Controversial Sugar Tax to be introduced into Ireland

The Irish government looks set to follow the lead of several other countries and introduce a tax on sugary soft drinks such as lemonade and cola. It is expected that the tax will be a 10% hike in excise duty which would add about 20 cents to the cost of a 250 cents bottle of soda. The government is torn between wanting to reduce the intake of fattening foods and drinks in the general population while also not wanting to damage employment and add to household bills.

Efforts in Ireland to decrease the consumption of certain products by taxing them have had only limited success. Over the decades there have successive small increases in the price of cigarettes and alcohol. The tax hikes on cigarettes have very much outpaced those on alcohol and certainly do have an effect on consumption, especially when combined with the ban on smoking in the workplace and the current societal disapproval of tobacco. The overall momentum against smoking allowed successive governments to tax cigarettes heavily.

The same cannot be said about alcohol consumption. The policy of continually raising the tax on alcohol in small amounts has not had any great effect on consumption. Critics of the policy advocate for a single very large increase in tax on alcohol, perhaps even to increase the price by 50% or 100%, in order to have any kind of real shock impact. The revenue raised from this tax could be used for health education programs and even to fund hospital emergency departments that are inundated with alcohol-related patients every weekend.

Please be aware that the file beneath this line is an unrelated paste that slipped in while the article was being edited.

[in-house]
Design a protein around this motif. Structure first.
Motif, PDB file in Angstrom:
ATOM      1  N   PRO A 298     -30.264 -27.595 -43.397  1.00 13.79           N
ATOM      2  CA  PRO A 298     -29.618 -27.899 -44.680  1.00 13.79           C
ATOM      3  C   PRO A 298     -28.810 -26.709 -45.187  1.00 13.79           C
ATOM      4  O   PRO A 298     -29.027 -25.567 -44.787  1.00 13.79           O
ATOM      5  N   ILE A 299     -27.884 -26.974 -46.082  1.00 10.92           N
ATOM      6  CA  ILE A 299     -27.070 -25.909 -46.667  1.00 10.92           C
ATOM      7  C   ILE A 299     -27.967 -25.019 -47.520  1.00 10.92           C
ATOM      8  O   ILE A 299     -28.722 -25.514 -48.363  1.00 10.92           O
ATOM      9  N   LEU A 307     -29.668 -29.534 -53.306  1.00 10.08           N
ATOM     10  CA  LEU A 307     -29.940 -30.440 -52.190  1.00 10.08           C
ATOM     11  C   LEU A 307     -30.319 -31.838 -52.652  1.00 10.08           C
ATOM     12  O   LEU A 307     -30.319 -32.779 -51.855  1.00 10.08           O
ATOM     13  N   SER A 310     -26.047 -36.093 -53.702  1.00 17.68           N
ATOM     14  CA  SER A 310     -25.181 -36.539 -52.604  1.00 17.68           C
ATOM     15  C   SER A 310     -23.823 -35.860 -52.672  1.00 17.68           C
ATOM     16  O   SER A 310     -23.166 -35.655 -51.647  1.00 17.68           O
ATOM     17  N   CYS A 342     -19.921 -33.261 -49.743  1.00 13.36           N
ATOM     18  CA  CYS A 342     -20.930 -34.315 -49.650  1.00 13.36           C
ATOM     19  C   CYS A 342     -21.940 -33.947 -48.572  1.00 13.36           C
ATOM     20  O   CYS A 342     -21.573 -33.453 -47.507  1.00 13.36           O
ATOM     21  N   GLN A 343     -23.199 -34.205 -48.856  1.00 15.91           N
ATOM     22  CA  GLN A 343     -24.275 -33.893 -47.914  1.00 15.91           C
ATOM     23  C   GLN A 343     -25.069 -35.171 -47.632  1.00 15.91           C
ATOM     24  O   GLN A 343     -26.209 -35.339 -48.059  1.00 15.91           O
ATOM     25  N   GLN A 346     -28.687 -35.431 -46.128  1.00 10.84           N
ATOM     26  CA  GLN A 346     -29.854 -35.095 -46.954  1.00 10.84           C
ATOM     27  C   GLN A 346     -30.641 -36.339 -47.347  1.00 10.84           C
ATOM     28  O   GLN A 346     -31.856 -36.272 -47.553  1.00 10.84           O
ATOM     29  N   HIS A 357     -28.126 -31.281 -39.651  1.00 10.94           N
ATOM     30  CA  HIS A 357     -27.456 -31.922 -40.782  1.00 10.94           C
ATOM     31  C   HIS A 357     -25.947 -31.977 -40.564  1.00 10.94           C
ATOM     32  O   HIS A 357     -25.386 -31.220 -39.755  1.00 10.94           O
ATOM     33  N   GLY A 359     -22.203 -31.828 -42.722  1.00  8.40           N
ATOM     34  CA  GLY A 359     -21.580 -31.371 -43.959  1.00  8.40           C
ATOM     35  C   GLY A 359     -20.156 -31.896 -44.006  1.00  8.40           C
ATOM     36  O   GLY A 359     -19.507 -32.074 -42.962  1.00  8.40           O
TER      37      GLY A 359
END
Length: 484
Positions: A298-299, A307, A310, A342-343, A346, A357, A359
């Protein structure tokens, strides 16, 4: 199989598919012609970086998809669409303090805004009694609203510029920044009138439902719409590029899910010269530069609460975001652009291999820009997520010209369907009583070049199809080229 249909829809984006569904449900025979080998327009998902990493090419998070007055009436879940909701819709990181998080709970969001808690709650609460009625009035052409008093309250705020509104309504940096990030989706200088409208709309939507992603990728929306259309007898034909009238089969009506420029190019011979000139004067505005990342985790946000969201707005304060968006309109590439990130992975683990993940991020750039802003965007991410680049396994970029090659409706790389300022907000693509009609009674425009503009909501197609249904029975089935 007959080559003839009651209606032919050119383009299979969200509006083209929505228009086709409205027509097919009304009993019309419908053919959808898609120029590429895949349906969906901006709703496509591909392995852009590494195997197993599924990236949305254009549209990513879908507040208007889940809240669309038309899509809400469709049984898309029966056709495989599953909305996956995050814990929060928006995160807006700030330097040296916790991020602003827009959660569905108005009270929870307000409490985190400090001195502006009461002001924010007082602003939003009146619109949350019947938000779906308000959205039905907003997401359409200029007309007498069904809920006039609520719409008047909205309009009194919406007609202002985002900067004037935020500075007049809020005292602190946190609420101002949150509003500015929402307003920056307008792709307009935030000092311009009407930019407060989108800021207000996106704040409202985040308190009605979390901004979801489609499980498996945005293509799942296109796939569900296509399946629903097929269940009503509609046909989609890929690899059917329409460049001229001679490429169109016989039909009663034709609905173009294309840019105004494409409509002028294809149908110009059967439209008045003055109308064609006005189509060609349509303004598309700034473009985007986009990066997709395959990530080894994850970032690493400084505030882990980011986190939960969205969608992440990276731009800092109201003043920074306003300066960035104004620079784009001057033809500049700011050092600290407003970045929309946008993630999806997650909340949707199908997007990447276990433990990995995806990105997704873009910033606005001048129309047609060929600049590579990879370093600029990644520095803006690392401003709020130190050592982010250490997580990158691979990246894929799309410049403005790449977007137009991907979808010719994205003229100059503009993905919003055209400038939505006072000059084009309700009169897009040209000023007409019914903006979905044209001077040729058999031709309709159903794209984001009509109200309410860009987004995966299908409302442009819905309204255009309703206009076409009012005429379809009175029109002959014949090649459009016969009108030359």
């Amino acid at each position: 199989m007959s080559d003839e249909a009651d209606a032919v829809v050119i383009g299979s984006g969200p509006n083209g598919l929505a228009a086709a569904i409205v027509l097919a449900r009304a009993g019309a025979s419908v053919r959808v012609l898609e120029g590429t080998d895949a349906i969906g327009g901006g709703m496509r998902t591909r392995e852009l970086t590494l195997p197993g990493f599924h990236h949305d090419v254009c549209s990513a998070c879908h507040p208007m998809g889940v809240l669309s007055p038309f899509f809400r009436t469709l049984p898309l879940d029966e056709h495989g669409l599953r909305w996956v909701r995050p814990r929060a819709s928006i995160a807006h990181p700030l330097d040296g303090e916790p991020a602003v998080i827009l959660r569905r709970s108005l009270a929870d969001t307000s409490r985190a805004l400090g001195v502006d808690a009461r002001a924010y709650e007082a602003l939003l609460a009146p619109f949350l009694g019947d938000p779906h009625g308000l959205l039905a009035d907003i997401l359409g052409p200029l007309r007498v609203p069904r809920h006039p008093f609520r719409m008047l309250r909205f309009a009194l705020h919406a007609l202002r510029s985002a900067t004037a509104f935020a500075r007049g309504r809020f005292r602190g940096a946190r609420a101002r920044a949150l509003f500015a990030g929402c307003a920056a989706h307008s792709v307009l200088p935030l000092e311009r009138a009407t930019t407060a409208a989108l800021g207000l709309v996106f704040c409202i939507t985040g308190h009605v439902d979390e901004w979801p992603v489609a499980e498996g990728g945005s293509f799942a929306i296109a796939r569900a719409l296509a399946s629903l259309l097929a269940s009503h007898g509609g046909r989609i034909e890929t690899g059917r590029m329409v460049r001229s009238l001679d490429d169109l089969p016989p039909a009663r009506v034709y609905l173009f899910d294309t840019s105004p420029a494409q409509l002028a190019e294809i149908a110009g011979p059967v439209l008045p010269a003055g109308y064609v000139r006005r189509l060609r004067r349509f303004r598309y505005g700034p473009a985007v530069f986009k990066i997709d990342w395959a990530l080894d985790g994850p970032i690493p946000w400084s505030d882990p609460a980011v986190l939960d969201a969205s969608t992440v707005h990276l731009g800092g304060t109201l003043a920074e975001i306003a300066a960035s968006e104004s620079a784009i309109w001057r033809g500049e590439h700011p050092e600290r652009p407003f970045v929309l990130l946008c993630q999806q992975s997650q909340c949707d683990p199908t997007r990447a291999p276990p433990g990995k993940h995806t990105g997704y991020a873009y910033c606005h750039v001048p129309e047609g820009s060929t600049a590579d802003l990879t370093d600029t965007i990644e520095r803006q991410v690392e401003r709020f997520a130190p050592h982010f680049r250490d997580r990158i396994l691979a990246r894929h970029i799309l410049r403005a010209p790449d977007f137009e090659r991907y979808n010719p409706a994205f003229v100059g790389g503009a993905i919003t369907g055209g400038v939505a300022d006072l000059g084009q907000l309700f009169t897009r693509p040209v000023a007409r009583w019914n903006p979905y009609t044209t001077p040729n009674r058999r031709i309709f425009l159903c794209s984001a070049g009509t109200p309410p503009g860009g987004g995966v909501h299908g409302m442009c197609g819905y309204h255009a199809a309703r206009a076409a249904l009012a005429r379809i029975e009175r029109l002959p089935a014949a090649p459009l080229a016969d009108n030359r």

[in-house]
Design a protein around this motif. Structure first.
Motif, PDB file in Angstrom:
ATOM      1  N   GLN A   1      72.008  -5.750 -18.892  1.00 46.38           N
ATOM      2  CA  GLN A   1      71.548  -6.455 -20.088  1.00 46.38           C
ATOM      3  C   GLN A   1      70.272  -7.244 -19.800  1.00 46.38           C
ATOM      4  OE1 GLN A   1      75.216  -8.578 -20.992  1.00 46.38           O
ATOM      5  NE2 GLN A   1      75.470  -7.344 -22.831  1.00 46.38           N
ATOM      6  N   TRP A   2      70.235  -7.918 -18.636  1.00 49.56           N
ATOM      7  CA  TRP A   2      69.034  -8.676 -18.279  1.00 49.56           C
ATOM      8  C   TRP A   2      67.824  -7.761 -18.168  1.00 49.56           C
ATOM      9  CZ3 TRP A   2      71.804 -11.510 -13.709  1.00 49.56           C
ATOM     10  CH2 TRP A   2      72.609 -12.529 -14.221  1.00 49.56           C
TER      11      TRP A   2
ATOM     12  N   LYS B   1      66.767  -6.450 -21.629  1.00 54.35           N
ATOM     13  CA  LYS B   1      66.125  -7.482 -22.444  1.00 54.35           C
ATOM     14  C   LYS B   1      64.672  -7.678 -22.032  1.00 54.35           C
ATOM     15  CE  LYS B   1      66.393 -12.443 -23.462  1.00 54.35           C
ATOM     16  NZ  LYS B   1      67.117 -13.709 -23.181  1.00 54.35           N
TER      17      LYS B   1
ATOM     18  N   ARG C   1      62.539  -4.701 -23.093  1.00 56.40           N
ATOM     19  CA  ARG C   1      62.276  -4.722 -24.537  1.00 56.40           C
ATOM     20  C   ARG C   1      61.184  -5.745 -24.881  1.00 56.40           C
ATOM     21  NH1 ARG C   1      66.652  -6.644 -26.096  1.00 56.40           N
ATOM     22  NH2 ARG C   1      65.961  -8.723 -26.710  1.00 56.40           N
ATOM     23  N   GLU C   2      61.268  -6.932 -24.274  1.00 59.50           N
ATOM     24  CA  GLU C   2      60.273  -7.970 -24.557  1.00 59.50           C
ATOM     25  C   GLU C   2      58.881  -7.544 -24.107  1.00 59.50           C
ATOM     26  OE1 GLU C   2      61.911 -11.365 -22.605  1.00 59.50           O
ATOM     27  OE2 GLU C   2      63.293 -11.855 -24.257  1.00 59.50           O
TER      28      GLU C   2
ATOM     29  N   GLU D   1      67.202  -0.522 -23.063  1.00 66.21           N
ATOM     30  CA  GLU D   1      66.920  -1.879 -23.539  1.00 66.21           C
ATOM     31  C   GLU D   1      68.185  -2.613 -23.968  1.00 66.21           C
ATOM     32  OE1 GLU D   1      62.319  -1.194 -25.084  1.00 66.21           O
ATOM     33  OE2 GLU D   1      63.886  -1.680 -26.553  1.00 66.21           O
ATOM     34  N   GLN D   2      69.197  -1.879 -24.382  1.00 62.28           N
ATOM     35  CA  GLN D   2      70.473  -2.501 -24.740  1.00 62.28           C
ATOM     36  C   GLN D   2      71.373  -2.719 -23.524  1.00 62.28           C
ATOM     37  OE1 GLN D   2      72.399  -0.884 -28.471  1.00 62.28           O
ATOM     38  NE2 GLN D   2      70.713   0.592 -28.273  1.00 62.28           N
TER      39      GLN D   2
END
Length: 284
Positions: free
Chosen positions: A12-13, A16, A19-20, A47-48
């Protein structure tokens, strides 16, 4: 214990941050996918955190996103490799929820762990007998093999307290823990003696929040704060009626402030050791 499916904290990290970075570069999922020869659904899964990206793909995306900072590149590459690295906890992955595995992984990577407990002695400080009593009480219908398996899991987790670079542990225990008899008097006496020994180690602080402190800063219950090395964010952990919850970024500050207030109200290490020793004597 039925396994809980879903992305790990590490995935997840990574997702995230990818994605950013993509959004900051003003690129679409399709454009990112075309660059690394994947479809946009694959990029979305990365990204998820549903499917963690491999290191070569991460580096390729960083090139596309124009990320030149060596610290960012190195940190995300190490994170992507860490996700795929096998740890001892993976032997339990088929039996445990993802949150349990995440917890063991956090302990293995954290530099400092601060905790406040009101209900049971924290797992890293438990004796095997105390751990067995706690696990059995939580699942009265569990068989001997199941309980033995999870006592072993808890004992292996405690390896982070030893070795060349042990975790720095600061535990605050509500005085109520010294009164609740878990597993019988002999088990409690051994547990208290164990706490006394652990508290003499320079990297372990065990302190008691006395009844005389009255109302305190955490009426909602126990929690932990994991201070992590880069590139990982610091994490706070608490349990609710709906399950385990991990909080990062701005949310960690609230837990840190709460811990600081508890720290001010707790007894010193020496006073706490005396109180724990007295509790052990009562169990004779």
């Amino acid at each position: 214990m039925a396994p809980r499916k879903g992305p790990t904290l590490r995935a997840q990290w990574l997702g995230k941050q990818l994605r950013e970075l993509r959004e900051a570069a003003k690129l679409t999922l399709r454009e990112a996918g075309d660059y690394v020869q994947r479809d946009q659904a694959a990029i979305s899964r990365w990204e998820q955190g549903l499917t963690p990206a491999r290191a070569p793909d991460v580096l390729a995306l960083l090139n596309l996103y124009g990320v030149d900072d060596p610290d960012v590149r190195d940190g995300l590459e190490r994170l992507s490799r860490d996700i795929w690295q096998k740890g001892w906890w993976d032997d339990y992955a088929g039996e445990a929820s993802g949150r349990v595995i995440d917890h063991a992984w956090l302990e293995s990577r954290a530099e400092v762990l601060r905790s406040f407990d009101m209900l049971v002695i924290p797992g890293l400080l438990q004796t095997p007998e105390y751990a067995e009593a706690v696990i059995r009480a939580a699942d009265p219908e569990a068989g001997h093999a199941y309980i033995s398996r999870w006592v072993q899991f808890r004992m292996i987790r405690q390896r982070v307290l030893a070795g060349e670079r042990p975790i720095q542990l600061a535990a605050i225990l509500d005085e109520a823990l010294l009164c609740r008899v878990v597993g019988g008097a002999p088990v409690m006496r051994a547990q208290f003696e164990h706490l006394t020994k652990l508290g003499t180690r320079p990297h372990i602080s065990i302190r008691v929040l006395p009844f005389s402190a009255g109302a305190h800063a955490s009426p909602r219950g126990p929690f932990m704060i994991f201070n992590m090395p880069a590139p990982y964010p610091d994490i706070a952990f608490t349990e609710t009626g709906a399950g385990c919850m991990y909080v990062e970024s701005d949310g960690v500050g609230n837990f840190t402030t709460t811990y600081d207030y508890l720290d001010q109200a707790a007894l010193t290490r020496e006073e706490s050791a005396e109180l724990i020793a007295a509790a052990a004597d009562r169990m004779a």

The need for action in the food and drinks sector is now obvious. 60% of the Irish adult Irish population and nearly 25% of all 7-year-olds are classified as being either overweight or obese. By any measure this is a shocking statistic and is a recipe for a diabetes epidemic in the years to come, along with a whole other raft of health problems.

The introduction of a sugar tax on certain flattening products is likely a good idea, but unless it is of a sufficient amount then it seems certain that its impact will be minimal.

About the author

Michael Green Michael Green is Manager of The Information about Ireland Site

2 thoughts on “Controversial Sugar Tax to be introduced into Ireland

  1. In another instance of Ireland desperately chasing to become more English you publish distorted or completely fictional numbers about obesity. Firstly you should be able to publish the studies which produced these figures; secondly you should be able to display countless recent photographs of crowds or gatherings which support these claims visually. Sorry, but you can’t do either.
    More BBC style pseudo -science justifying more taxes.

  2. Another reason why national health care doesn’t work, everyone basically pays the same price. Left up to the private health care markets two people of he same age and basic demographics may have to pay different rates due to their healthy styles — too much sugar in ones diet causing excessive weight with a resulting higher personal insurance premium might cause one to change their life style on their own. Taxing such things only hurt the lower class individuals, who the government claim they are trying to help.

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